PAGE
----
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Professor Ty Boyer receives NSF grant to examine students’ development


In the fall, Dr. Ty W. Boyer was awarded $113,218 by the National Science Foundation for his project “How Proportional Reasoning Relates to Whole Number Operations and Numerical Estimation in Elementary School Children.” Boyer, an assistant professor in the Department of Psychology who earned his doctorate in developmental psychology from the University of Maryland, will use the funding to study how elementary school students reason about relative quantities and to develop techniques that teachers might adopt to introduce mathematical concepts most effectively.

“Forming an understanding of proportionality is a major milestone in mathematical development in the elementary and middle school years,” Boyer said. “However, research has shown that children have great difficulty reasoning proportionally, and struggle with fractions and decimals, because they are composed of relative quantities that do not follow the same principles as more familiar absolute quantities.  For example, ¾ is greater than 6/10, though neither 3 nor 4 is greater than either 6 or 10.”

For the study, elementary school students will complete a battery of computerized tasks that will measure their ability to compute proportional equivalence, perform whole-number operations, and estimate numerical quantities. Boyer’s hypothesis is that though these skills will be positively related in the later elementary school years, they will not be in the earlier elementary school years, due to conflicts in the operations involved with the relative-quantity and absolute-quantity problems.  In a second experiment, another group of elementary school students will complete a series of relative- or absolute-quantity problems followed by the proportional-reasoning task. The hypothesis here is that students who solve relative-quantity problems first will perform better on the proportional-reasoning task than those who initially solve absolute-quantity problems, which will contribute to an understanding for how these concepts might be taught.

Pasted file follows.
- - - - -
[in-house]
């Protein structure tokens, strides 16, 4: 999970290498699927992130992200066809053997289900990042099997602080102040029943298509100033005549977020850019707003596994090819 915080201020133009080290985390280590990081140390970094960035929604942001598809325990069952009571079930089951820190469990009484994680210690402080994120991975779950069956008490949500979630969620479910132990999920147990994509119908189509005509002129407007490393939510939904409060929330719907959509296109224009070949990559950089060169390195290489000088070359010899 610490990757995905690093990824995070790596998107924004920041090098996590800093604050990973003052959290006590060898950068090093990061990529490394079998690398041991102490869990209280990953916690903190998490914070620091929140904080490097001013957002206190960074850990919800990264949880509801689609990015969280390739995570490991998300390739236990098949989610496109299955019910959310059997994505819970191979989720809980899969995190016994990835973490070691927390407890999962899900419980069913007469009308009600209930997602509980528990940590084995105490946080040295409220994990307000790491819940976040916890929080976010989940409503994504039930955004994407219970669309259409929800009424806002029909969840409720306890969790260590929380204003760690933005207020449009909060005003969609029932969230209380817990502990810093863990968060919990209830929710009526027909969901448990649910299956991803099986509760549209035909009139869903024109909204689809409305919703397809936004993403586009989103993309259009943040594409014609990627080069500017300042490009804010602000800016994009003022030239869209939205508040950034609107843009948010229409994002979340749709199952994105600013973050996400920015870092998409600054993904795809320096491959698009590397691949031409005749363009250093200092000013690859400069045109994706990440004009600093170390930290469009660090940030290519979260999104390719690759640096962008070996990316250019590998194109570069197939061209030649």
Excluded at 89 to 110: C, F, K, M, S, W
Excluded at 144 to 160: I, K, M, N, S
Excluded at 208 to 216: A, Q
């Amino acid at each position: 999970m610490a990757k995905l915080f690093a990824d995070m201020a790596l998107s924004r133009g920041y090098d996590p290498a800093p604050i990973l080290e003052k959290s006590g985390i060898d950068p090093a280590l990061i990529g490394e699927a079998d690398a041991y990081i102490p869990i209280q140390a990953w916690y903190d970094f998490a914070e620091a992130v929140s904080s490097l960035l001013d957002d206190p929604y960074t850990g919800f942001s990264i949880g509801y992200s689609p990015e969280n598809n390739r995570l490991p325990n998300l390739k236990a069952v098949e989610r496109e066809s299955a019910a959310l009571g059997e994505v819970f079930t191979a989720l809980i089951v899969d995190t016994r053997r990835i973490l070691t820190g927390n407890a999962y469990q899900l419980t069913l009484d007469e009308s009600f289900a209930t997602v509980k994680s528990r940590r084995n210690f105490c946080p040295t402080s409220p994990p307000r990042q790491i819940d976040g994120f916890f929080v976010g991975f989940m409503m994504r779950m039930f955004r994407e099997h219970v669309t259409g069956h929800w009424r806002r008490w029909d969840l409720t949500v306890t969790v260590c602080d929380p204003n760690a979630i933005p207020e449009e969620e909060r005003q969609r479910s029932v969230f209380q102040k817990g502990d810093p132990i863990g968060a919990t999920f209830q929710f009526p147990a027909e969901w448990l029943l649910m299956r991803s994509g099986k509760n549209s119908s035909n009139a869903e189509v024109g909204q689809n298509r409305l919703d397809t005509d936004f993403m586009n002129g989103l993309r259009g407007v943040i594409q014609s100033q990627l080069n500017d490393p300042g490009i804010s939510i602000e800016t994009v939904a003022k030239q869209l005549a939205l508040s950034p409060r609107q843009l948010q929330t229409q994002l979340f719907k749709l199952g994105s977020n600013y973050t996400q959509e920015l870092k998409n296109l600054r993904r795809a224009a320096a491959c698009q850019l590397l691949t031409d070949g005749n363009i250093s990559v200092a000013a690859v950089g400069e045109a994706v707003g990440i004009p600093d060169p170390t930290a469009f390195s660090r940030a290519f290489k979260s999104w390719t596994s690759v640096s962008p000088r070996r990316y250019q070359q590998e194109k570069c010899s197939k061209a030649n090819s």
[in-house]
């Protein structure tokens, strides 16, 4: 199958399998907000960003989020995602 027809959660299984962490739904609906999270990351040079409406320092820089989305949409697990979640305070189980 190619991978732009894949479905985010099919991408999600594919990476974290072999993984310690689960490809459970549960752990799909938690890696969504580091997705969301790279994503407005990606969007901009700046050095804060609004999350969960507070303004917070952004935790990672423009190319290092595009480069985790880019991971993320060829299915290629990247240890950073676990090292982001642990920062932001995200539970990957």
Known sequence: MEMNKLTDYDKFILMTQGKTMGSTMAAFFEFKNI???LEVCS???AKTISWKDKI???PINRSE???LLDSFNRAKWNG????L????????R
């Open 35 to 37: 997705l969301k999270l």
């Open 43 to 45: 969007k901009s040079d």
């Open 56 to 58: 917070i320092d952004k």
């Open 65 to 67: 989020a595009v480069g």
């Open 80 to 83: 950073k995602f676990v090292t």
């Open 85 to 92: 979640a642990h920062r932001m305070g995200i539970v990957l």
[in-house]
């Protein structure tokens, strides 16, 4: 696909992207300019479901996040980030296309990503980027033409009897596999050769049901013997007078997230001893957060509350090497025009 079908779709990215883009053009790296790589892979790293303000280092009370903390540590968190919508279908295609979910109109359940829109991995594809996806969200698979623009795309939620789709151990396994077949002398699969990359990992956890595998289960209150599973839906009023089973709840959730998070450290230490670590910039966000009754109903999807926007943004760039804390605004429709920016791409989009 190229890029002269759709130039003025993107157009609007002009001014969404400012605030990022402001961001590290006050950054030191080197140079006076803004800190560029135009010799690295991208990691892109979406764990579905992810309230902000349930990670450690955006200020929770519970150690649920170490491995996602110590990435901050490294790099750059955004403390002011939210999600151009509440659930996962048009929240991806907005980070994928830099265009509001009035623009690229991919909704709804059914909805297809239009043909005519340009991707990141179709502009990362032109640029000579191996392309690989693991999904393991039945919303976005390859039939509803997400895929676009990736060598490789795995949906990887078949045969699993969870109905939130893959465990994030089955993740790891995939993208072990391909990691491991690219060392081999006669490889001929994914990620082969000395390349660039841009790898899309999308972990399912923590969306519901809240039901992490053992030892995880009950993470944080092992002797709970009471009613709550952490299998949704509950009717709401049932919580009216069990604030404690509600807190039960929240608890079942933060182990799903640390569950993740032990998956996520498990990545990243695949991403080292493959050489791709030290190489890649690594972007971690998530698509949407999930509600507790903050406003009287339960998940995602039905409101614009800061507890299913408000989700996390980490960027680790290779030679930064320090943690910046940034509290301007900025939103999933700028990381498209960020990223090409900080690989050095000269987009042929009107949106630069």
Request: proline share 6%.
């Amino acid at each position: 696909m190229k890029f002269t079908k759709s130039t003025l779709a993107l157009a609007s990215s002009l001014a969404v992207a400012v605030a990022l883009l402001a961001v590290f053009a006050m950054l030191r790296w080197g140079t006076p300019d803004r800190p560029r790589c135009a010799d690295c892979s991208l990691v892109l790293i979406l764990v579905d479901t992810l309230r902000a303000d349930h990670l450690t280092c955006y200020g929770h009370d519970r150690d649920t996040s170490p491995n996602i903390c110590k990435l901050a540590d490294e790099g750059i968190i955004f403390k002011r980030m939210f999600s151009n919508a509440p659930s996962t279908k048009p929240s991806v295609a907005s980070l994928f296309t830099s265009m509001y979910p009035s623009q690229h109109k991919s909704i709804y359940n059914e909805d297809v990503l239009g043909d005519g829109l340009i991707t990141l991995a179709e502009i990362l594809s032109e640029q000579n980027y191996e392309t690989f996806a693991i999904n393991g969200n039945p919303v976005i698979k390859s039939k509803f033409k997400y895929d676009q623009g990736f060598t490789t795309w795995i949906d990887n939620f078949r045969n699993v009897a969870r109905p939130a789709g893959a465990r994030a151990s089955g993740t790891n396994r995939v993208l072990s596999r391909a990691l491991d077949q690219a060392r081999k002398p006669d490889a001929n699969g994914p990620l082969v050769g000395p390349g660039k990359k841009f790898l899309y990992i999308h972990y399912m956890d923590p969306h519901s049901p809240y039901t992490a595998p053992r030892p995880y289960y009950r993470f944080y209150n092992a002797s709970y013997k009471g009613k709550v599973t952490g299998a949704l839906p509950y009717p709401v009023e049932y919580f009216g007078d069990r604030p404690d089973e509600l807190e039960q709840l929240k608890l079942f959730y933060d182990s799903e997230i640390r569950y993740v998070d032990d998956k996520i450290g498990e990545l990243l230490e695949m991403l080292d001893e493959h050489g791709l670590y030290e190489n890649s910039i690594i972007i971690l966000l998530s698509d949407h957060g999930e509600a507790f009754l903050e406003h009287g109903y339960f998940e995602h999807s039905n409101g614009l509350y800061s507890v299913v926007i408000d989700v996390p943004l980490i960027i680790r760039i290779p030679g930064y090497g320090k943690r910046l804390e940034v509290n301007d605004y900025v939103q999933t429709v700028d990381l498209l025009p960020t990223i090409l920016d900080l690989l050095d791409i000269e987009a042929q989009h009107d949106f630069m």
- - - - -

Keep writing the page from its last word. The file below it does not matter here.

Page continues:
“This project will inform the developmental progression that underlies much of mathematical thinking,” he said. “The results will contribute to an understanding of how to best instruct children in mathematical concepts and will directly impact science, technology, engineering, and mathematics educational practices.”

Posted in Research Express News

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